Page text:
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Race equality in academia: time to establish black studies in the UK?

"According to Jones, full racial equality within academia will not be reached until we see studies that are relevant and pertinent to our lives, our histories and our communities within university prospectuses being offered as valid, credible degrees. Currently there are no accredited black studies programmes in the UK.

There is growing frustration over the absence of black studies across the UK higher education sector and concern that where courses do exist, the framing of discourses are somewhat problematic. As Adam Elliott-Cooper, a PhD student at the University of Oxford, explains: “There are few if any mainstream institutions which engage in black studies in any meaningful way. Slavery, civil rights and anti-racism is all the mainstream can generally stomach.”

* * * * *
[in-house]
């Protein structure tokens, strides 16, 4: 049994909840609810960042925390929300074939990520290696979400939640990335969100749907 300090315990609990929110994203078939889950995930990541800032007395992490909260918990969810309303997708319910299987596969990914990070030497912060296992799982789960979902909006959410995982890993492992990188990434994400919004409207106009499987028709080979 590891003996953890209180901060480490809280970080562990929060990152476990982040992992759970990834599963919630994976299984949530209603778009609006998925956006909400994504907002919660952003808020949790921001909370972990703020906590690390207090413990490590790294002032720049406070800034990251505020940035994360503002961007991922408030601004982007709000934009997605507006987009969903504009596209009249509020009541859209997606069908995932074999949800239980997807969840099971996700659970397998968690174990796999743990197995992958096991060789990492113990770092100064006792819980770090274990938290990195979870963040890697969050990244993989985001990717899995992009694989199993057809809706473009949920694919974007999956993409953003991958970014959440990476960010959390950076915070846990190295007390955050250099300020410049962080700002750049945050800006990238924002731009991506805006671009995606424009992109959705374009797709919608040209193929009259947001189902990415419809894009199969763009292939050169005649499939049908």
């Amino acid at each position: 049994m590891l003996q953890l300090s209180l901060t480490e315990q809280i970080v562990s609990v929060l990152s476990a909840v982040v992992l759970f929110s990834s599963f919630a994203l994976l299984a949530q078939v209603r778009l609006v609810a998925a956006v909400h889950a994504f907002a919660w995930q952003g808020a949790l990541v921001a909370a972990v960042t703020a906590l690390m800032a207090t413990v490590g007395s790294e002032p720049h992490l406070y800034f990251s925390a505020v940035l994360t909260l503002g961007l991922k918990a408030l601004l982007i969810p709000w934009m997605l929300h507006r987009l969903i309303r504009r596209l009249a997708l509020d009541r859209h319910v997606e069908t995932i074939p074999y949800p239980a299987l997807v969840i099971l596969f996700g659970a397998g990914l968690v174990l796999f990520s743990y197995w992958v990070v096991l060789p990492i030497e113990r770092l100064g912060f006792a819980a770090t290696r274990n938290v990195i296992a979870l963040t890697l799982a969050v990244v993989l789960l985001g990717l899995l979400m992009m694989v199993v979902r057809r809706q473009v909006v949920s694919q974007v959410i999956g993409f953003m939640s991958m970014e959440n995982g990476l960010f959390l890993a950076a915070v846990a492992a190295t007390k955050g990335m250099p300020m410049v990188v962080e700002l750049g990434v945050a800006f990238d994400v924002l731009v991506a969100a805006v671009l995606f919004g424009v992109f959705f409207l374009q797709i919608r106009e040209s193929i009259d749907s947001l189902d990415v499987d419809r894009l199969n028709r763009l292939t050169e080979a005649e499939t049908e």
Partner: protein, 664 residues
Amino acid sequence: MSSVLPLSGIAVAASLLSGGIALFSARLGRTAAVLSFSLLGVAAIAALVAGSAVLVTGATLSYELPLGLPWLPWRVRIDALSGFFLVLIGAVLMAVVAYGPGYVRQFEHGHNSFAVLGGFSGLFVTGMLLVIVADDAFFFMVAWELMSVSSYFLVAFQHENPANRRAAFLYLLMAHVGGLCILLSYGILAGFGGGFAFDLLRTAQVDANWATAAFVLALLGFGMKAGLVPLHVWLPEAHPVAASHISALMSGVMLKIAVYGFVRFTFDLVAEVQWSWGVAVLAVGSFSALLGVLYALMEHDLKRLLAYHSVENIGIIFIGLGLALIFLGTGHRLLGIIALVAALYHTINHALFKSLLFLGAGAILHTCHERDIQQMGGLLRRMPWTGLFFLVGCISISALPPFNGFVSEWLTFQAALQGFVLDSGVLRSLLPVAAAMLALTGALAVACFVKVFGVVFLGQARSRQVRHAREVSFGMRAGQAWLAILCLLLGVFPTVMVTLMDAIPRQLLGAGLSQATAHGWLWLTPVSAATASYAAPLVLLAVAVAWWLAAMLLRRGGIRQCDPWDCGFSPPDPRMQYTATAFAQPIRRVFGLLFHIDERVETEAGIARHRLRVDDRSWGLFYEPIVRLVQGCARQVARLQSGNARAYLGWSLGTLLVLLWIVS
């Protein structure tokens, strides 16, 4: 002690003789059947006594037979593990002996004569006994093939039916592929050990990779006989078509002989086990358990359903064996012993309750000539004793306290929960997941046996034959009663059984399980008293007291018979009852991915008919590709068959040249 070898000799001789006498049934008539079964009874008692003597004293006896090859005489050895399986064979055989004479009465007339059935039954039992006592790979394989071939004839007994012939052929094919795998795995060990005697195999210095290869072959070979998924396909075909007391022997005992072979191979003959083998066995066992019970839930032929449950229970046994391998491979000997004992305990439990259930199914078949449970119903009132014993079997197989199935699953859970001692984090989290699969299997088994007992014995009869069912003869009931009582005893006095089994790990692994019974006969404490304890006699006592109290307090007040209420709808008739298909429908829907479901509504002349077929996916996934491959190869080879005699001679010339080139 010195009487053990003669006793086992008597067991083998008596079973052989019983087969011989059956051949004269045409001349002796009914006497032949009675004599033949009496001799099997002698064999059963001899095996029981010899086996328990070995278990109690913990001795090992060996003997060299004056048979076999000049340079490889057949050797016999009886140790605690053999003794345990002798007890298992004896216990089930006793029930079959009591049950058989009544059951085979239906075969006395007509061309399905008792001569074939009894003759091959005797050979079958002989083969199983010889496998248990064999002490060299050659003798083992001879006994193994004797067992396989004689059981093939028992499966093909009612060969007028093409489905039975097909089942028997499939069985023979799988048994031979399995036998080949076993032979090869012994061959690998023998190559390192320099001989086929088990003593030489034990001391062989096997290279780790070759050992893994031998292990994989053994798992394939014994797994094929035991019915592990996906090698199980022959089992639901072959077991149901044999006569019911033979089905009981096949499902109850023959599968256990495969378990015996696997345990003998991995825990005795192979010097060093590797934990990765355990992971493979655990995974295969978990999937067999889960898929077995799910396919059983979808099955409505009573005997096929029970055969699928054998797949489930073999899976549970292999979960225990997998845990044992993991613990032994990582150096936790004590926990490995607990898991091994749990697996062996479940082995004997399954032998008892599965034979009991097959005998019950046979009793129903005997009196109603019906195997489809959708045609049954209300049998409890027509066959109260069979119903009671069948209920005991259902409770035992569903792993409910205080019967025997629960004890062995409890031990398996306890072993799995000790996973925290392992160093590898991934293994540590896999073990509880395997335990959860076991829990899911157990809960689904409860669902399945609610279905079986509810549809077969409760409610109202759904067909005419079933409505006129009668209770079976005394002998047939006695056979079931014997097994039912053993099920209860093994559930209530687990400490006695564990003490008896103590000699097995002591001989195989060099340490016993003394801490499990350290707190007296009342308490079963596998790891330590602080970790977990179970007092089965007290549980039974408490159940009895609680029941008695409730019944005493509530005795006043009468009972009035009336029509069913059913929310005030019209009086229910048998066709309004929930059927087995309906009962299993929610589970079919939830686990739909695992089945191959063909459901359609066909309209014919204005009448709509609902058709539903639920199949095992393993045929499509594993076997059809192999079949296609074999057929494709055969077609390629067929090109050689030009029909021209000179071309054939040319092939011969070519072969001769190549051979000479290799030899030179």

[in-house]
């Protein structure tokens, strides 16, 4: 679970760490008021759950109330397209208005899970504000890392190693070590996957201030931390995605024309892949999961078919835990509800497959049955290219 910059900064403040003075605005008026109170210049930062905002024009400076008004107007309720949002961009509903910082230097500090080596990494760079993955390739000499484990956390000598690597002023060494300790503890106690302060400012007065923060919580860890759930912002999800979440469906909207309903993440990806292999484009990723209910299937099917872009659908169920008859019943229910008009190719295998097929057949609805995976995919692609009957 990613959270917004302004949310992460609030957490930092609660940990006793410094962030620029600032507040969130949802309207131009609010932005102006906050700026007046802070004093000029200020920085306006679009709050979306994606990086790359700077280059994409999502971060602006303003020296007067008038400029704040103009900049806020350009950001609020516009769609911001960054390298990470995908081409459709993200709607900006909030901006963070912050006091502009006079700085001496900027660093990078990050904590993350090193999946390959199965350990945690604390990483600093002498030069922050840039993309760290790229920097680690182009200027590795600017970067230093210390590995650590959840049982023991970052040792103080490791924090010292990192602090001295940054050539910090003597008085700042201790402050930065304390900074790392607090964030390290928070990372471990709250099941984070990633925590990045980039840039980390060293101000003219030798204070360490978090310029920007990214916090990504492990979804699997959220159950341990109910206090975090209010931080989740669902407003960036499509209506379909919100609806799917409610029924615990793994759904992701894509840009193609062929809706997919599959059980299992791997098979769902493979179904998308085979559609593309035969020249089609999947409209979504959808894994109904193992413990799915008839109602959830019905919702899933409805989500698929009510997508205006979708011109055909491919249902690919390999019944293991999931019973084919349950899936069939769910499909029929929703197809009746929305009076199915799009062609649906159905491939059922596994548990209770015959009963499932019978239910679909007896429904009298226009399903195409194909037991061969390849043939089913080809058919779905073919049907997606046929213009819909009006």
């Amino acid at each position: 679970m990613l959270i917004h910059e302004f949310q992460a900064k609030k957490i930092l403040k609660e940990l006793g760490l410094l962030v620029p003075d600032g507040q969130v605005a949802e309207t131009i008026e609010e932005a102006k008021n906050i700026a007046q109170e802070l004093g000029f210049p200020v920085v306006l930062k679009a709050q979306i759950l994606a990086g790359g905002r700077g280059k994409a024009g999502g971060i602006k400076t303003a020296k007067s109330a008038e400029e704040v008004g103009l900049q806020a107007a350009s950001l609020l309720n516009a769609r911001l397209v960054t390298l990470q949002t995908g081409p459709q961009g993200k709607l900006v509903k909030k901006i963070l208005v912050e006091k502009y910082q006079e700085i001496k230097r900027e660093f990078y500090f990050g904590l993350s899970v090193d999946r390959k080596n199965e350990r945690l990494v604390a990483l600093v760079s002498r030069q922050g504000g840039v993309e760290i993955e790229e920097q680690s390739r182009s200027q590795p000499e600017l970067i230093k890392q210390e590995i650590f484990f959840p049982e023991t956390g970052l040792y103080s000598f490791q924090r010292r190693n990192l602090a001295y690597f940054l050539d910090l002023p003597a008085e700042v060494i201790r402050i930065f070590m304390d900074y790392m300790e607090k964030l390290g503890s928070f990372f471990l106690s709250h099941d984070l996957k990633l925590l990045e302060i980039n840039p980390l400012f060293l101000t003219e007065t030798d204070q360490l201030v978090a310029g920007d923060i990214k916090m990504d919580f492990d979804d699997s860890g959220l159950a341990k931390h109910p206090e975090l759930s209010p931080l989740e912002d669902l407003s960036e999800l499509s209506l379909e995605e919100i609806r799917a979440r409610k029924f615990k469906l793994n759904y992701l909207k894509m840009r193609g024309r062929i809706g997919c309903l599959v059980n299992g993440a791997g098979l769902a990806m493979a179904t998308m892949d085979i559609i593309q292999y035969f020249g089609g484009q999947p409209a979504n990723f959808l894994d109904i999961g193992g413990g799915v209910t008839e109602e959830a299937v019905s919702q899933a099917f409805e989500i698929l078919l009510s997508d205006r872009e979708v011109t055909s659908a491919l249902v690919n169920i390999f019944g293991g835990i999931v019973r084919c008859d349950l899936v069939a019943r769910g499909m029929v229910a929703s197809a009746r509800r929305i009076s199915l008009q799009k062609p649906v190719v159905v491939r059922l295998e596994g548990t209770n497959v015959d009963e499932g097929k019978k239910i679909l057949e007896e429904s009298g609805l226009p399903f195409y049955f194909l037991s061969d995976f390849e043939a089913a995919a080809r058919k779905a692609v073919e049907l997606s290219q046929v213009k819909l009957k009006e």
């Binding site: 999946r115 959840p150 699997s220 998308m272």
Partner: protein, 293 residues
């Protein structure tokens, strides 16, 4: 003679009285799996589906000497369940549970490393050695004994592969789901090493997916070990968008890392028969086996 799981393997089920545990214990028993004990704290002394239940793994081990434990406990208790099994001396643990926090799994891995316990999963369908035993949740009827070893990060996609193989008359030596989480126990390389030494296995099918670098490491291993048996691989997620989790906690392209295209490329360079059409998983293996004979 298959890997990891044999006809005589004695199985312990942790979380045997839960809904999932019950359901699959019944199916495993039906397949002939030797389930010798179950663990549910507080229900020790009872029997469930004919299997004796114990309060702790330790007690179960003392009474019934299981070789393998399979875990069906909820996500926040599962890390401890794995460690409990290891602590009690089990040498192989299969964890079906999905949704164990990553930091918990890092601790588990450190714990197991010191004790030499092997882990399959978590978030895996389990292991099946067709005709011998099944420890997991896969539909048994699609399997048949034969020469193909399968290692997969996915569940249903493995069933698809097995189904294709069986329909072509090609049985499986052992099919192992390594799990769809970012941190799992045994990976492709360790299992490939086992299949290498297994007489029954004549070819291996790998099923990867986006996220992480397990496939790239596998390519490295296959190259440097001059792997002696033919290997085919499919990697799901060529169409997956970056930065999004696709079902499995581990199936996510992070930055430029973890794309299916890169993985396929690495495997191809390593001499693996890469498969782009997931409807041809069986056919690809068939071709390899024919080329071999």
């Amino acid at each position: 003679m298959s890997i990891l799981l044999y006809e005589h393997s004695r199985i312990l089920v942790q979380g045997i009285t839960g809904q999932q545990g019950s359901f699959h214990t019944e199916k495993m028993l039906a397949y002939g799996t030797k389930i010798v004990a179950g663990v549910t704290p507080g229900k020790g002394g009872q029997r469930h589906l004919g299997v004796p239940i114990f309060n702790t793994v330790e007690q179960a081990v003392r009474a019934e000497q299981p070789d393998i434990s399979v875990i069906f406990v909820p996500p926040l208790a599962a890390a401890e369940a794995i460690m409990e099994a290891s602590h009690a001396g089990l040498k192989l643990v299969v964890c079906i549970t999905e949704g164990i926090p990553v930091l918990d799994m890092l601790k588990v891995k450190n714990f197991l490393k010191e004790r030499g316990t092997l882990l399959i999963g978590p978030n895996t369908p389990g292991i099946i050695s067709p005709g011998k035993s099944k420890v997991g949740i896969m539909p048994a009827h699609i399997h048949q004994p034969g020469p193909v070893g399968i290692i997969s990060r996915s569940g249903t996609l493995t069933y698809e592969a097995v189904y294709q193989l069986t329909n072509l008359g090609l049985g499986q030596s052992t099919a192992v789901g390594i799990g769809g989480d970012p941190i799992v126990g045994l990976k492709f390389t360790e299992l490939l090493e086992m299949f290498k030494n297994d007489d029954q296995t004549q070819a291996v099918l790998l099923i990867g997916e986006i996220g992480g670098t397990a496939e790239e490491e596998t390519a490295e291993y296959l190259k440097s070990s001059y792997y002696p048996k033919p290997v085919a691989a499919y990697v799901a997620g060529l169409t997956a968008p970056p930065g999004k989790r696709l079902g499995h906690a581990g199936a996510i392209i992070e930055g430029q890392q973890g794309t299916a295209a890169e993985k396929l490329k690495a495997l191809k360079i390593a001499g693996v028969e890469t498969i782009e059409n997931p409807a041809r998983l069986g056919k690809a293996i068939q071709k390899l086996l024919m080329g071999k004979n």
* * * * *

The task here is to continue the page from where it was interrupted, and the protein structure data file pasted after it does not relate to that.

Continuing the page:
Elliott-Cooper believes that black studies should not be confined to the context of racism but should extend to the contribution of ancient African histories to world civilisations including African cultures, literature and arts. His view is shared by Ornette Clennon, lecturer at Manchester Metropolitan University, who says that academia is still dominated by a Eurocentricity “that excludes other cultural presentations of knowledge while masquerading as being neutral, objective and unbiased”.

Challenging this paradigm, according to Sonia Davis, senior lecturer in education at De Montfort University, requires black scholars to “raise the presence and impact” of their academic output as a means of developing black cultural capital. Black academics must seek “to make a positive contribution to the lives and opportunity of black communities through research and academic inquiry,” says Josephine Kwali, senior lecturer in social work at the University of Coventry.”

'Black intellectual seems an oxymoron in England'

"Beyond this, black British academics in the US cite disaffection with UK higher education, institutional indifference to black experience, a research agenda that marginalises race or casts doubt on its legitimacy as a field, feelings of being isolated in overwhelmingly white faculties, limited career prospects and a mostly tacit but sometimes overt racism.